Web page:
"Margaret was never a model...she was however, one of Aucklands "it" girls, in the 1950, about town in a sportscar, drinking at all the upmarket supper clubs...she comes from a wealthy family! She has been married, & has had a child, who died at a young age...this tragedy split her marriage up...I was told all this by an elderly friend who knew her in those days...I asked her about it once, & she nodded her head, then told me "its in the past, I dont want to talk about it".. "

Sunday, April 24, 2011

High Noon Tea playlist, KiwiFM, April 24

Cranky B Tuffins - Visual pollution (DL)
Karl Marx project - Leaning shadows
Black seeds - Make a move - Downtown Brown remix
Kingites - Notify
Dub terminator - Global warming
Jet jaguar - Think about it later
Benny Tones - Firefly
Unitone hifi - Hair farmer
Mr Reliable - Lucky dub
Jefferson Belt - Creeping things of the earth
Tiki - It's all in your hands - Dutty ranks remix
Mood unit - Hat trap (DL)
Lord Echo - Rhythm 77
Fat Freddys Drop - Hope -Sonsine remix
International Observer - Flat
Mark de Clive Lowe - El dia perfecto
Recloose - Landed
Sola rosa - Humanised - Jason Eli remix
Scratch 22 - Cold hands
Riki Gooch - Pams bacon on special
Fredericks Brown - Betrayal
Shogun Orchestra - Leogane
Nomad - Breaking rocks
Christoph el Truento - Meow

Show replays on Friday afternoons, 2-4pm. 

Rough trades

Very interesting article from The Economist on UK music retail. Says that supermarkets accounted for over a third of UK CD album sales last year, up from just over an eighth in 2000. Also makes the point that independent music shops have survived by sticking with physical product and embracing internet sales.

This mention of Rough Trade East... "an independent in London, has a stage for in-store gigs and a coffee shop, selling the experience of visiting a shop dedicated to music as much as the recorded product itself..." reminds me of my local, Conch Records. It's why these shops are surviving, and thriving.

Their master's voice: Independents need the industry’s last retailing giant to flourish

"Music retailing has had a curious April. HMV Group, owners of the last surviving high-street music chain and linchpin of the business, produced its third profits warning of the year as conditions on the high street “remained difficult”. Yet on April 16th hundreds of bleary-eyed shoppers across the country queued from sunrise outside HMV’s independently owned competitors. They were waiting for the one-off releases on sale to mark Record Store Day, a “celebration of music” organised by independent music shops, with over a thousand outlets participating around the world.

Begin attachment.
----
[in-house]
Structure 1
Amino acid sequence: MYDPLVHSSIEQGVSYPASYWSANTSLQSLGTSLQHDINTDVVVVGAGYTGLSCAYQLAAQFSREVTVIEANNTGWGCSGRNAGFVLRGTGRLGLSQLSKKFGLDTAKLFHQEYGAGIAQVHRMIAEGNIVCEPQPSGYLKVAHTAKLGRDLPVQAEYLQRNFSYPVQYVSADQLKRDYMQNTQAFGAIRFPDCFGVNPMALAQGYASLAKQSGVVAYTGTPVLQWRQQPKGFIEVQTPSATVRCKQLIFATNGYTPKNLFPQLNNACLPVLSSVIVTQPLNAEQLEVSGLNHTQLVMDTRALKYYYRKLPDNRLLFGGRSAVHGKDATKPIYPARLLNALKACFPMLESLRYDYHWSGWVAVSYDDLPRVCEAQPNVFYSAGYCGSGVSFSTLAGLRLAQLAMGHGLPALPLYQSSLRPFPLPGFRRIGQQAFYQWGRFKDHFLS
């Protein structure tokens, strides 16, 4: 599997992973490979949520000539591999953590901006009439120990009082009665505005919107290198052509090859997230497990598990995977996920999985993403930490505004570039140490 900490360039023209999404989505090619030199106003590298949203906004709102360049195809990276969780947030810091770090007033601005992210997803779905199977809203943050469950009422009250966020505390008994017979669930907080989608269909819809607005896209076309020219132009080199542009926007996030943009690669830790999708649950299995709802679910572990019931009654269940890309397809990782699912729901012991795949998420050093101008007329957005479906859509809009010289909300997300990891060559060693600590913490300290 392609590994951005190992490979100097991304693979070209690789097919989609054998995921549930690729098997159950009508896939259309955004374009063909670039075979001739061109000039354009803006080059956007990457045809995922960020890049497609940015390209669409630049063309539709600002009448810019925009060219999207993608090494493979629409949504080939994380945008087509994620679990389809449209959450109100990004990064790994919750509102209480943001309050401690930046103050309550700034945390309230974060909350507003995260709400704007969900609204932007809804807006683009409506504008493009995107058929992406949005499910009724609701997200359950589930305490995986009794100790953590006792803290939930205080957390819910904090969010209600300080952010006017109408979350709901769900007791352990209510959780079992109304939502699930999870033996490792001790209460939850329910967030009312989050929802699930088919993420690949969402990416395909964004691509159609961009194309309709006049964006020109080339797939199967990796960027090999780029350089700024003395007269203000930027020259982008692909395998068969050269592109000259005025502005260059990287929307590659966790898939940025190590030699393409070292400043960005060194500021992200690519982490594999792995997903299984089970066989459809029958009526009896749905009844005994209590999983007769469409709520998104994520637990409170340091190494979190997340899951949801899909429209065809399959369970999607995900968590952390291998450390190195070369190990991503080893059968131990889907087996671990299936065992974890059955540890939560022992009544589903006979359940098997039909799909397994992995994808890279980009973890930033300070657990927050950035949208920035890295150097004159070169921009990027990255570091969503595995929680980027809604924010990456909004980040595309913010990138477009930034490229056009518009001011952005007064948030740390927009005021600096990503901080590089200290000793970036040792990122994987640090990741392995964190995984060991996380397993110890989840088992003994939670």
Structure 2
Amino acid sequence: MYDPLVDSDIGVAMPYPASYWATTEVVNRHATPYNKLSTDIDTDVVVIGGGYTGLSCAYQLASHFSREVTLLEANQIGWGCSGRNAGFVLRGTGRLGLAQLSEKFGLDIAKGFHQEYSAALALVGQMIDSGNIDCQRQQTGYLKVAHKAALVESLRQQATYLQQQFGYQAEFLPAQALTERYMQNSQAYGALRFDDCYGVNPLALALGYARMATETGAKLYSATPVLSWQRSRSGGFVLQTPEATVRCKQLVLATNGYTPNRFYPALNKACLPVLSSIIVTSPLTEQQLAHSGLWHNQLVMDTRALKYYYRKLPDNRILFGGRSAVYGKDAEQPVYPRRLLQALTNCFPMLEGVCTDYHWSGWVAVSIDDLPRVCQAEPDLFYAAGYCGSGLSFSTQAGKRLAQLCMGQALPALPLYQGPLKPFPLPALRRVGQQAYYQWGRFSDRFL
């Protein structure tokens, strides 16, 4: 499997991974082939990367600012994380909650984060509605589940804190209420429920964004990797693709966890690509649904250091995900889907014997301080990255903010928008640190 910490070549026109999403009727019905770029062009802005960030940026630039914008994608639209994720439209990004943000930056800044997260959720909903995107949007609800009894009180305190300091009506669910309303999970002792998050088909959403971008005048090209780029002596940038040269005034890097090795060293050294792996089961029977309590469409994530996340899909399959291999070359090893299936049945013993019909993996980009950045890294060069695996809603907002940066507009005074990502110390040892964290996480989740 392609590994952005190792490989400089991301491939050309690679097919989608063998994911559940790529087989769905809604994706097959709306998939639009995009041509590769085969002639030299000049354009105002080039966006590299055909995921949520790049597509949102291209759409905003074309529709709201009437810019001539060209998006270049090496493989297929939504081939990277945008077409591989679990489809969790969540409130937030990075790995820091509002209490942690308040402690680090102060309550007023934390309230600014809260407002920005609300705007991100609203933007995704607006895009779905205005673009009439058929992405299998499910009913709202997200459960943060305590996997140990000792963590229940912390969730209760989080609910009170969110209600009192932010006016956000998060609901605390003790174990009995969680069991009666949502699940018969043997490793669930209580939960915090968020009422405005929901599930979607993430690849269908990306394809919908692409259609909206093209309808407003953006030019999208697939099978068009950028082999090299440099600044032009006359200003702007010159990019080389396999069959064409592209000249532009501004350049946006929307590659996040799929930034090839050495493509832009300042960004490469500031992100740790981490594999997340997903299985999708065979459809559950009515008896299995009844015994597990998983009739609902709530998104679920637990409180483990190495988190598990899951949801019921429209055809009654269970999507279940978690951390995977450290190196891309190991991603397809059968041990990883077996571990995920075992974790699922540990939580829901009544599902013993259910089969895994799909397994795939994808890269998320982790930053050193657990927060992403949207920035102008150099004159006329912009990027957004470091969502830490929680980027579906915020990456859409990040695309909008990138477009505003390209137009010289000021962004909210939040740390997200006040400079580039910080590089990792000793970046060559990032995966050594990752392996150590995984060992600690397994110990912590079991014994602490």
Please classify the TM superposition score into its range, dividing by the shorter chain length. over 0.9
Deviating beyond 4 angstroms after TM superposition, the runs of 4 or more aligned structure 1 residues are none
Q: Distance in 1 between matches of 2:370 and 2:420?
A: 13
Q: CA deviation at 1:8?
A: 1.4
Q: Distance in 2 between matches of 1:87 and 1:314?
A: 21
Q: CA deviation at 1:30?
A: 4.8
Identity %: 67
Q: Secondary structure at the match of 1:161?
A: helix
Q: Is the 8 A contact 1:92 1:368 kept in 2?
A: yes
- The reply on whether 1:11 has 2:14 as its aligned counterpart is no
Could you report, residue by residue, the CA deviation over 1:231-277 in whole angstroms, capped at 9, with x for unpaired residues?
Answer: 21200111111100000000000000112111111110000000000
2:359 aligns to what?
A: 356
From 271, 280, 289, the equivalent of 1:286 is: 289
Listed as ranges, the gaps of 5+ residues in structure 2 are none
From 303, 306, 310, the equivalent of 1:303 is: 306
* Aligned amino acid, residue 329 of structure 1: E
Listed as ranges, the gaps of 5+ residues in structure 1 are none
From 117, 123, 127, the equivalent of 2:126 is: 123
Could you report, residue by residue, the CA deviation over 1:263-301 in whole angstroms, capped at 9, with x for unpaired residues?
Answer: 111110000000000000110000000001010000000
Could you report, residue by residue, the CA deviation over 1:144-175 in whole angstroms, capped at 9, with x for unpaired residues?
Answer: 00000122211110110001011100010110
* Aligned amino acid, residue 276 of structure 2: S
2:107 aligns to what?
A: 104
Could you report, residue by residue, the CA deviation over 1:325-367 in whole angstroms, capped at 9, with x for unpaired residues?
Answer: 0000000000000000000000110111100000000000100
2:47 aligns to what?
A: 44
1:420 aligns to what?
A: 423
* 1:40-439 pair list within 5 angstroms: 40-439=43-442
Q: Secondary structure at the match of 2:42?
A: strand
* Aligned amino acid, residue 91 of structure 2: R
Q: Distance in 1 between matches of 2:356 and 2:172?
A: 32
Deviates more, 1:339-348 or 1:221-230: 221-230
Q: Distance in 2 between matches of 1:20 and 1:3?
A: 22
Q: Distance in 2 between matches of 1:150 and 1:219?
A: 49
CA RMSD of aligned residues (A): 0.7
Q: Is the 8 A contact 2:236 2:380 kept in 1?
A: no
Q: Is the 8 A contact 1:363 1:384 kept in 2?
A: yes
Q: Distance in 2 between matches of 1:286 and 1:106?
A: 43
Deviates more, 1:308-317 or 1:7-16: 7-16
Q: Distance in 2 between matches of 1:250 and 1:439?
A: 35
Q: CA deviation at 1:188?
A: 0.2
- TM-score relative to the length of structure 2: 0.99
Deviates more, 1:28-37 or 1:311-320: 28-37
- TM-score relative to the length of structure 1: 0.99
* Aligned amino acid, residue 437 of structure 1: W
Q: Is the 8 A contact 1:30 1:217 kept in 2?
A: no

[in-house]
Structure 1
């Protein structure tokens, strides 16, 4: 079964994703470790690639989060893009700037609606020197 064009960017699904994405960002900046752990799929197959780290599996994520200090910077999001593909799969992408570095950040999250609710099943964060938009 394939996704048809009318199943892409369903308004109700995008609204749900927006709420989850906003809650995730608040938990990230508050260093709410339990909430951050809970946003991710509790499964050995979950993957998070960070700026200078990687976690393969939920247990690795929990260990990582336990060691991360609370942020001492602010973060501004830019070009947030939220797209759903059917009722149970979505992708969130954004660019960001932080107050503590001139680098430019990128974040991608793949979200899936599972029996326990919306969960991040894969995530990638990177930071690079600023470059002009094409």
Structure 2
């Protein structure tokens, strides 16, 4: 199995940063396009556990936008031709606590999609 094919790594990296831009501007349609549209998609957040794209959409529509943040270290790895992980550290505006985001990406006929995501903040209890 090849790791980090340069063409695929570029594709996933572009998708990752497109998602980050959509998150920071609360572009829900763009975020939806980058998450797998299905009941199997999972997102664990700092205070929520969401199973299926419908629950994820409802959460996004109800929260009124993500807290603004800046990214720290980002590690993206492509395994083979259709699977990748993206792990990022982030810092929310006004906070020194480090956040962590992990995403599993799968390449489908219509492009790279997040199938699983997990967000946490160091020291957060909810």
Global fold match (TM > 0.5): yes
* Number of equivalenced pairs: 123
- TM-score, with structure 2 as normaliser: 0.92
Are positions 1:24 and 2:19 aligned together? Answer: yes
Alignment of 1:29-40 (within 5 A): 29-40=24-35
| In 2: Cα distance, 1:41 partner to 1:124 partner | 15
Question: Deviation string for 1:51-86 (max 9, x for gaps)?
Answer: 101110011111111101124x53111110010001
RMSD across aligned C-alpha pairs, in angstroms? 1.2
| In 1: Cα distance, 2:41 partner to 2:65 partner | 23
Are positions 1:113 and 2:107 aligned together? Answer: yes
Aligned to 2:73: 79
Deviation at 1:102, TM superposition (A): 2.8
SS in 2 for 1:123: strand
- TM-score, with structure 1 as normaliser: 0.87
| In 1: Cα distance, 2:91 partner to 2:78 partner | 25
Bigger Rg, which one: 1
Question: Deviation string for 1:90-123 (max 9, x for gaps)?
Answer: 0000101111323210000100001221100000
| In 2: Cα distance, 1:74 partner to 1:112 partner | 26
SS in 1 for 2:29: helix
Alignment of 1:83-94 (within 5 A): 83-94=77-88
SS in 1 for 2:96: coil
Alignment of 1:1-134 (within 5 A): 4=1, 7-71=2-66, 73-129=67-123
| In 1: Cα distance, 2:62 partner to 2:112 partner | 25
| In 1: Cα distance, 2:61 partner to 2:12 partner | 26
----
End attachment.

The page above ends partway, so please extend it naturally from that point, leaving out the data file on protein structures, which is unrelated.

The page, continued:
The popularity of this event suggests that small specialist music sellers are healthy. Some are, but they need their sickly mass-market opponent to recover. Over the past decade the way Britons buy music has changed radically, and this has hurt both chain stores and independents.

Millions now purchase chart CDs, often on impulse, when they are out shopping for groceries: supermarkets accounted for over a third of CD album sales last year, up from just over an eighth in 2000. Tesco alone receives more than £1 of every £10 spent on music in Britain. Most of all, the internet has transformed buying patterns. Home delivery accounted for a quarter of album sales in 2010, an estimated half of which were from Amazon, the internet giant. Digital downloads have all but wiped out the singles market, for years the lifeblood of local record shops: 160m songs were downloaded last year (most for less than £1), but only 2m physical singles were sold, down from 44m in 2002.

When the economy weakened, these changes helped kill off three high-street general retailers: Woolworths, Zavvi (formerly Virgin Megastore) and Borders. The number of indies also plummeted. The Entertainment Retailers Association says there were 281 of them at the last count, down from 578 in 2006. Those that focused on chart music closed first, and many more lacked the resources or the will to renew leases first taken on in the early 1970s.

But some independents are thriving. They embraced the internet but avoided the distraction of digital downloads. Half the turnover of Manchester’s Piccadilly Records comes from online sales; Philippa Jarman, its co-owner, says that “one of our shrewdest decisions was to stick to physical rather than digital downloads.”

Concentrating on physical products left independents well placed to capitalise on the recent revival in vinyl, too. Surviving independents highlight the importance of having staff who are immersed in the music scene, so that they act as a trusted filter in an industry with millions of products on offer. The most successful stores have used this expertise to create a sense of community far removed from the stereotypical shop staffed by snobbish music nerds. Rough Trade East, an independent in London, has a stage for in-store gigs and a coffee shop, selling the experience of visiting a shop dedicated to music as much as the recorded product itself.

By contrast, HMV has diversified into clothing, gaming and selling tickets to events, cutting its dependence on CDs but diluting its distinctiveness. With its shares now around 10p, down from 85p a year ago, the firm may sell its book chain, Waterstone’s, and close at least 40 HMV stores. The four biggest record labels are even considering supplying the retailer with non-chart music on a “sale or return” basis, freeing cash to reduce its £130m debt.

The labels need HMV to survive in order to keep lucrative non-chart music on the high street. So too do the independents, for if HMV were to fail, the labels would cut back their operations, drastically shrinking the market. HMV’s logo famously shows a terrier listening intently to a gramophone; even the indies hope the top dog regains its form."